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'No gender' in life under Davy Fitz, gains in the GAA and a recent learning trip to Arsenal

Wexford legend Mags D’Arcy is enjoying her ‘internship’ in the Wexford senior hurling backroom team.

“NOT ONLY DO I not have an All-Ireland club medal, but I don’t have an MBE either,” Wexford legend Mags D’Arcy grins to rapturous laughter around the room.

Davy Fitzgerald with his management in the stand Mags D'Arcy amd Davy Fitzs' management team. Source: Ken Sutton/INPHO

The four-time All-Ireland senior inter-county camogie championship winner and Davy Fitzgerald’s hurling coach is under the spotlight at Liberty Insurance’s Women in Sport: The Coaching Effect event, alongside England Netball Coach Tracey Neville MBE and Chelsea women’s manager Emma Hayes MBE.

D’Arcy, a two-time All-Star winning goalkeeper, is just off the back of a heartbreaking All-Ireland final loss with her club St Martin’s in Croke Park on Sunday, but is in high spirits against the odds.

“My journey isn’t as well developed as the girls in terms of coaching,” she says, 12 months since she confirmed her addition to Fitzpatrick’s backroom team at the same event in 2018.

“I’m a complete rookie at this stage in my career. Over the last 13 to 14 months, I’ve really seen the value of creating an inner circle and surrounding yourself with the right people. I’m very lucky to have a very supportive partner who allows me to follow my passion.

“Creating the right environment is incredibly important to be able to harness those opportunities. To be in the right position in life to be able to take the opportunity once it comes. Maybe I’ve grown up a little bit since last year,” she smirks.

“I do see the value now — when you’re in the thick of things and putting in serious hours — the value of having the right people around you. Your friends and your family, that’s so important for me anyway. It’s environmental. That’s number one. 

“Number two: role models. You don’t see yourself as a role model, you see yourself as someone going in and getting the job done. Step up and deliver what you have to do, look to be challenged at every turn.”

The 31-year-old has experienced absolutely no issues so far as a female coach — she sees herself as just a coach, plain and simple, exactly as her players and the rest of the backroom team do — and she was, in no way, forced to have a thicker skin from the get-go.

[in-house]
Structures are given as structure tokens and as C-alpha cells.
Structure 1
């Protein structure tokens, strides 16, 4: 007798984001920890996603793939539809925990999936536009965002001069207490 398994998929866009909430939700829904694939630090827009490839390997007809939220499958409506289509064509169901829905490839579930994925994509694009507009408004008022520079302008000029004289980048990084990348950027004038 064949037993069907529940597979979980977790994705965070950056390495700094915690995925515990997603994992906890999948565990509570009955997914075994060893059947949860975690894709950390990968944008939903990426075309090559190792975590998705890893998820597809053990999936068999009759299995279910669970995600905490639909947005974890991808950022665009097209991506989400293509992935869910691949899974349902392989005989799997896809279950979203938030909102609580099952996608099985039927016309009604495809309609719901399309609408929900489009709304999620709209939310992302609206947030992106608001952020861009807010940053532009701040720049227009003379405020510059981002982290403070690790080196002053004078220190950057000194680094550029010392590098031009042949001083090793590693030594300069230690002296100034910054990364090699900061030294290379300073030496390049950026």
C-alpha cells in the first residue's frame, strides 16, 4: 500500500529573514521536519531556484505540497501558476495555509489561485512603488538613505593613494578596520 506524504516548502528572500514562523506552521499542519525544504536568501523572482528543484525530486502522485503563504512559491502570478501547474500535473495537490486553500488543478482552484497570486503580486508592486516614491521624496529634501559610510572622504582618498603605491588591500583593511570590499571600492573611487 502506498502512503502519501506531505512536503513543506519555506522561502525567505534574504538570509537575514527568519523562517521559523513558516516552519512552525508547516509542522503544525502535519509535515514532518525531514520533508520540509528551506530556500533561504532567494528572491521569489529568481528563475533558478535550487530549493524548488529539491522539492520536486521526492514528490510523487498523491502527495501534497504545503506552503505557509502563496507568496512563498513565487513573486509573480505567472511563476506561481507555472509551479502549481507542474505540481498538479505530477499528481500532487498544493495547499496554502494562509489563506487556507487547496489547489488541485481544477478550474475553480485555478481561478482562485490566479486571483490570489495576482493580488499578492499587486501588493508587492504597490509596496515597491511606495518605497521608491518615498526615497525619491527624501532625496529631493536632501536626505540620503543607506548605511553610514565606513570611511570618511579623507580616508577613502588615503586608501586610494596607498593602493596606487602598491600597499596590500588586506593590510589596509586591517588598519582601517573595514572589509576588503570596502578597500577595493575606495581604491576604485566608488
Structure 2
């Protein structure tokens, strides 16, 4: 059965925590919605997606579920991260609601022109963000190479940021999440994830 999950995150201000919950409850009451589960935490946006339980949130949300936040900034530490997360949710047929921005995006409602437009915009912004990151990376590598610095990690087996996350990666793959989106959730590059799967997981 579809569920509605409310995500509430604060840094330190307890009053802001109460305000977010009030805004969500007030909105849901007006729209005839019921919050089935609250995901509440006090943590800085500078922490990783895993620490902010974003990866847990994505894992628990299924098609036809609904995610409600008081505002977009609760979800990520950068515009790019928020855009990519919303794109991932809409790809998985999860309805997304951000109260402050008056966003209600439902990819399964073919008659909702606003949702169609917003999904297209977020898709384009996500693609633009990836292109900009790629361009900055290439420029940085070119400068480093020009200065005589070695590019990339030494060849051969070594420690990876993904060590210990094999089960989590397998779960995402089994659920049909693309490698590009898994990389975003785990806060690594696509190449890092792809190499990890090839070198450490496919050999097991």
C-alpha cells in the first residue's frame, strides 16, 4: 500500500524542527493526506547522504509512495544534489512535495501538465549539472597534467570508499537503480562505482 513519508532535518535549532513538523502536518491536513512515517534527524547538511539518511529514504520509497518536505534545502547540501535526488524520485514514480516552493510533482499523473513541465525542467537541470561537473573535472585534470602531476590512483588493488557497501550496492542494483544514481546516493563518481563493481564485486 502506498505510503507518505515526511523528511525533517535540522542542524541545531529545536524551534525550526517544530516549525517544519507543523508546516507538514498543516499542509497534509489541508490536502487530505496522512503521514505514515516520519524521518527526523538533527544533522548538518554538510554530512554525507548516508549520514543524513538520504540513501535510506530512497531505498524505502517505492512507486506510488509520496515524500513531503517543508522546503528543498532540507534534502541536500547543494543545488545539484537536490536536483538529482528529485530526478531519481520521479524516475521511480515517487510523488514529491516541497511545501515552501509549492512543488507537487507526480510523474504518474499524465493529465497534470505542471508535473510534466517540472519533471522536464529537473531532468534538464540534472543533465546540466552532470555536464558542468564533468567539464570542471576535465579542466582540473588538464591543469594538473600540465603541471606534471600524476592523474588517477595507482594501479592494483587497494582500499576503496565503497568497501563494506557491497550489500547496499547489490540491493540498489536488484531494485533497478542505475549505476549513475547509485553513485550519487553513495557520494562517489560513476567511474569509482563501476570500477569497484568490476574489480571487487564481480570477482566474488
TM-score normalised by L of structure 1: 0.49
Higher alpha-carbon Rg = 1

Mags D'Arcy In goal with Wexford in 2016. Source: Donall Farmer/INPHO

She had the confidence, and that was noted.

“My own confidence was backed by a gentleman who gave me an opportunity, and that man’s name is Davy Fitzgerald,” she smiles.

“There was no gender. There was someone who has achieved something and who maybe brings something different. That’s a sign of a strong leader who is willing to look outside the box and not just go to the normal tool kit and bring in the norm.

“I was given an opportunity to come in last year and link in with the head goalkeeping coach. To assist him and to bring new ideas — any ideas. It was a great learning curve for me to be involved. This year I’ve taken a wider, broader stance. I’m involved in outfield collective play as well. I do a lot of face-to-face with the player.”

With Chelsea Women’s Super League manager Hayes to her immediate right, D’Arcy alludes to her set-up, and her players in London. 

“When you’re in the professional side of sport, you have more contact with players,” she continues. “There’s an opportunity to go in from nine to four each day and see the player, talk to the player, get to know the player.

“In GAA circles, you have three to four hours in the evenings. Players are coming in, stressed coming from work with stuff going on in their lives. They’re there to train.

“What has evolved in the game, I think, is getting to know the player outside of the training environment. That will only bring them on in the training environment too.

“I’ve loved every minute of it. I have everything positive to say about my experience. The lads are great. Davy’s a mentor. The other coaches are mentors to me as well. I have a lot to learn still, I put my hands up there.”

Mags D'Arcy Wexford hurling coach Mags D'Arcy. Source: Donall Farmer/INPHO

While she says she puts them up, D’Arcy is taking that need to learn more into her own hands and using her initiative.